View : 126 Download: 0
Dihydroceramide was highly elevated by the fumonisin B1 and desipramine in Sphingomonas chungbukensis
- Dihydroceramide was highly elevated by the fumonisin B1 and desipramine in Sphingomonas chungbukensis
- Burenjargal M.; Lee Y.-S.; Yoo J.-M.; Choi M.-H.; Ji S.-Y.; Lee Y.-M.; Kim Y.-C.; Oh S.; Yun Y.-P.; Yoo H.-S.
- Ewha Authors
- SCOPUS Author ID
- Issue Date
- Journal Title
- Biomolecules and Therapeutics
- Biomolecules and Therapeutics vol. 16, no. 2, pp. 100 - 105
- SCIE; SCOPUS
- Document Type
- The sphingolipid metabolites act as lipid mediator for cell proliferation and apoptosis in mammalian cells. In bacteria, sphingolipid metabolism remains unknown. The purpose of this study was to investigate whether sphingolipid metabolism is potential target for fumonisin B1(FB1) and desipramine in Sphingomonas chungbukensis, Gram-negative bacteria, by comparing the intracellular contents of bacterial sphingolipids with ones of HIT-T15 β-cells, hamster pancreatic cells. The concentrations of ceramide and dihydroceramide were 18.0 ± 12.0 and 0.025 ± 0.018 nmol/mg protein, respectively, in HIT-T15 cells. However, the concentrations of ceramide and dihydroceramide in the bacterial culture were 2.0 ± 1.2 and 10.6 ± 5.5 nmol/mg protein, respectively. FB1 decreased the level of ceramide from 18.0 to 3.8 nmol/mg protein in HIT-T15 β-cells. However, dihydroceramide content in FB1-treated HIT-T15 cells was slightly decreased compared with the control culture. When S. chungbukensis was treated with either FB1 or desipramine, dihydroceramide level was increased by 5- and 4-fold, respectively, compared with the control bacteria. These results indicate that FB1 and desipramine may act as an activator in bacterial sphingolipid biosynthetic pathway, and bacterial sphingolipid metabolism pathway appears to be different from the pathway of mammalian cells.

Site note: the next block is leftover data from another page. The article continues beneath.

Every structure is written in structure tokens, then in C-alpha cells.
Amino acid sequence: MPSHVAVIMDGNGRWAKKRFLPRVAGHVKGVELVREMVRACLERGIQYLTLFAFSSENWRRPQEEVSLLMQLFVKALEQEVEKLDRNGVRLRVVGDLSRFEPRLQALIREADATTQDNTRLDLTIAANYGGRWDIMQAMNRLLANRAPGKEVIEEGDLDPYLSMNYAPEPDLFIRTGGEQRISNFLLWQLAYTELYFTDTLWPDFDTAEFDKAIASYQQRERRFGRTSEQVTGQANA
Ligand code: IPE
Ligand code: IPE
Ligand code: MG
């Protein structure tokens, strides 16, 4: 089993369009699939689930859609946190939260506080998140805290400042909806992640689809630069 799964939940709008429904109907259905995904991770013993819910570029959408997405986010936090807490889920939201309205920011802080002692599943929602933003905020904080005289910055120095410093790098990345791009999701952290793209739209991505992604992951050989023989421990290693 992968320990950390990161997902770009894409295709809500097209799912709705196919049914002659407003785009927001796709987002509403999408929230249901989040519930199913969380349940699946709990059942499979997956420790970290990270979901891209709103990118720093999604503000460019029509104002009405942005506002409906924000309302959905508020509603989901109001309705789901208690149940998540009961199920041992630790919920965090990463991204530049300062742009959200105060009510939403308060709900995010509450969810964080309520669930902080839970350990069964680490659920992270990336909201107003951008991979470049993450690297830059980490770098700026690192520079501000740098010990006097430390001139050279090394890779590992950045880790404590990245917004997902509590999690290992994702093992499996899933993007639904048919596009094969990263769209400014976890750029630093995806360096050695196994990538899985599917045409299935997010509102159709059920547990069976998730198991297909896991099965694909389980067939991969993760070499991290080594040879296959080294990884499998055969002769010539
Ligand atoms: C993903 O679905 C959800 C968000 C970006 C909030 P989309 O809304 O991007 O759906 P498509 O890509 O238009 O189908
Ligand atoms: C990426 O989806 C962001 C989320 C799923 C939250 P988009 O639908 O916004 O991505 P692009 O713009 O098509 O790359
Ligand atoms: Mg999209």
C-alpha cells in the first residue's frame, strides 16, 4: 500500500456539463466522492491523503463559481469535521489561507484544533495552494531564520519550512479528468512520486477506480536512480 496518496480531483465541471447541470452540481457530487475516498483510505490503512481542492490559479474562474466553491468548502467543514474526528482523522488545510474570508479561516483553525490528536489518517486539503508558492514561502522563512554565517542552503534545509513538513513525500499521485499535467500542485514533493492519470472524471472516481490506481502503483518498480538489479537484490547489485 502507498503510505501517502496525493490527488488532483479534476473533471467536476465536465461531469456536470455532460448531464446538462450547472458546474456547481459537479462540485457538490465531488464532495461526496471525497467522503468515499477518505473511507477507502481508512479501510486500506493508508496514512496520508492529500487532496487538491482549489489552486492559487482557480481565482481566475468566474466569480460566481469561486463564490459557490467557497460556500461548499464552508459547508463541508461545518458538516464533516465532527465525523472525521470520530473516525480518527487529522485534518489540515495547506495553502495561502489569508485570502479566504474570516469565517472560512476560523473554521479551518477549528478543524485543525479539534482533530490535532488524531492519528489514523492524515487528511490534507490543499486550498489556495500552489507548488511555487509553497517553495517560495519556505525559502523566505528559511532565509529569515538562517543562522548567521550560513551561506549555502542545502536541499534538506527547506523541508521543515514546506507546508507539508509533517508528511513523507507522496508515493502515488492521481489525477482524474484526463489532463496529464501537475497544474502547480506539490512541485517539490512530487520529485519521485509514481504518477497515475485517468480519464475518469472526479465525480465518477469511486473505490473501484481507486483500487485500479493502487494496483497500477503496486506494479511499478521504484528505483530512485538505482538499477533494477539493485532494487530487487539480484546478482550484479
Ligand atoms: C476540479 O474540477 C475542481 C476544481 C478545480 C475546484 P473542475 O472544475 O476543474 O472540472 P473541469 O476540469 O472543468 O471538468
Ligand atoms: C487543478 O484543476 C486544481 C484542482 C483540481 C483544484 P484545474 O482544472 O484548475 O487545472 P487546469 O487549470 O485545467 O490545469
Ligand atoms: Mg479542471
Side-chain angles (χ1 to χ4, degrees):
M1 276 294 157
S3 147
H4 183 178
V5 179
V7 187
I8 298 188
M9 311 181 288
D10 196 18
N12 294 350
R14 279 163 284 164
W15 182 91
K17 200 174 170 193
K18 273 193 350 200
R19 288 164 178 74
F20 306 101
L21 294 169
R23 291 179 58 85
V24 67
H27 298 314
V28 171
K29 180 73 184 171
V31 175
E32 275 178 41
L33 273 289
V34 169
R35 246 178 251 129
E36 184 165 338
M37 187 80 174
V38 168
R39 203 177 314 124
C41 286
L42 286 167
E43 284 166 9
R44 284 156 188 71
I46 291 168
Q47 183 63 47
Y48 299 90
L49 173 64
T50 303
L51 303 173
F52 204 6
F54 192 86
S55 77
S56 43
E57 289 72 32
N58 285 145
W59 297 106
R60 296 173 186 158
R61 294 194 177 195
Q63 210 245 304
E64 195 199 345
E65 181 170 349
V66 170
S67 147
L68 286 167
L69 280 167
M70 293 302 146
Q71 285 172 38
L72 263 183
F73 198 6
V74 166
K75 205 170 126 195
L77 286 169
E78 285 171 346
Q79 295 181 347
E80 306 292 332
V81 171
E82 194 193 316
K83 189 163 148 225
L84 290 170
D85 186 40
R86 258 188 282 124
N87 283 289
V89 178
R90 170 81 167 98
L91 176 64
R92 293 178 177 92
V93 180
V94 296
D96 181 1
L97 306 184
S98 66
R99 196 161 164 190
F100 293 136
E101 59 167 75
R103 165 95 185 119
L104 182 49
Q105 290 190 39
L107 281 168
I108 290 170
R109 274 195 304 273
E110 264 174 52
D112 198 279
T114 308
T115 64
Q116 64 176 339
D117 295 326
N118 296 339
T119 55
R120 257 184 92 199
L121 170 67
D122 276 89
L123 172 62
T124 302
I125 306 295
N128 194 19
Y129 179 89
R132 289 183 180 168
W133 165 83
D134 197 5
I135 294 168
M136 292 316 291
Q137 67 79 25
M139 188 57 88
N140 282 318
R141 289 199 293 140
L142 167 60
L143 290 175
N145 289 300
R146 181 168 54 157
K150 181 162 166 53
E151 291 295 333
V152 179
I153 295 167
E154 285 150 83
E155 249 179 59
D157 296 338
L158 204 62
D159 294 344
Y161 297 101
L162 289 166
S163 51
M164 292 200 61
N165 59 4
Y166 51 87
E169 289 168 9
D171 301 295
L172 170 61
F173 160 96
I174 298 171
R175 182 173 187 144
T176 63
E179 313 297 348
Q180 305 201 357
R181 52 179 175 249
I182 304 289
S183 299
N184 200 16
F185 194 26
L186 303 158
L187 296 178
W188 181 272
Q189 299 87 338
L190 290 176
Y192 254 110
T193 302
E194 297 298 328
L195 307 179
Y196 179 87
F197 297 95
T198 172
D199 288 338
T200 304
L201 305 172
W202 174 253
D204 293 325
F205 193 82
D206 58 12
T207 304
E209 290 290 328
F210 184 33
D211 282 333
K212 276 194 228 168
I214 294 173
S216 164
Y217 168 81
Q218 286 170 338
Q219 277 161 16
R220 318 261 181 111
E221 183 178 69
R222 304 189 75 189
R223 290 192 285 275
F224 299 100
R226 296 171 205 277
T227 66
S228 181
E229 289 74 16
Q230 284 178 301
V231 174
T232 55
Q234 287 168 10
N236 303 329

- Appears in Collections:
- 의과대학 > 의학과 > Journal papers
- Files in This Item:
There are no files associated with this item.
- RIS (EndNote)
- XLS (Excel)
Items in DSpace are protected by copyright, with all rights reserved, unless otherwise indicated.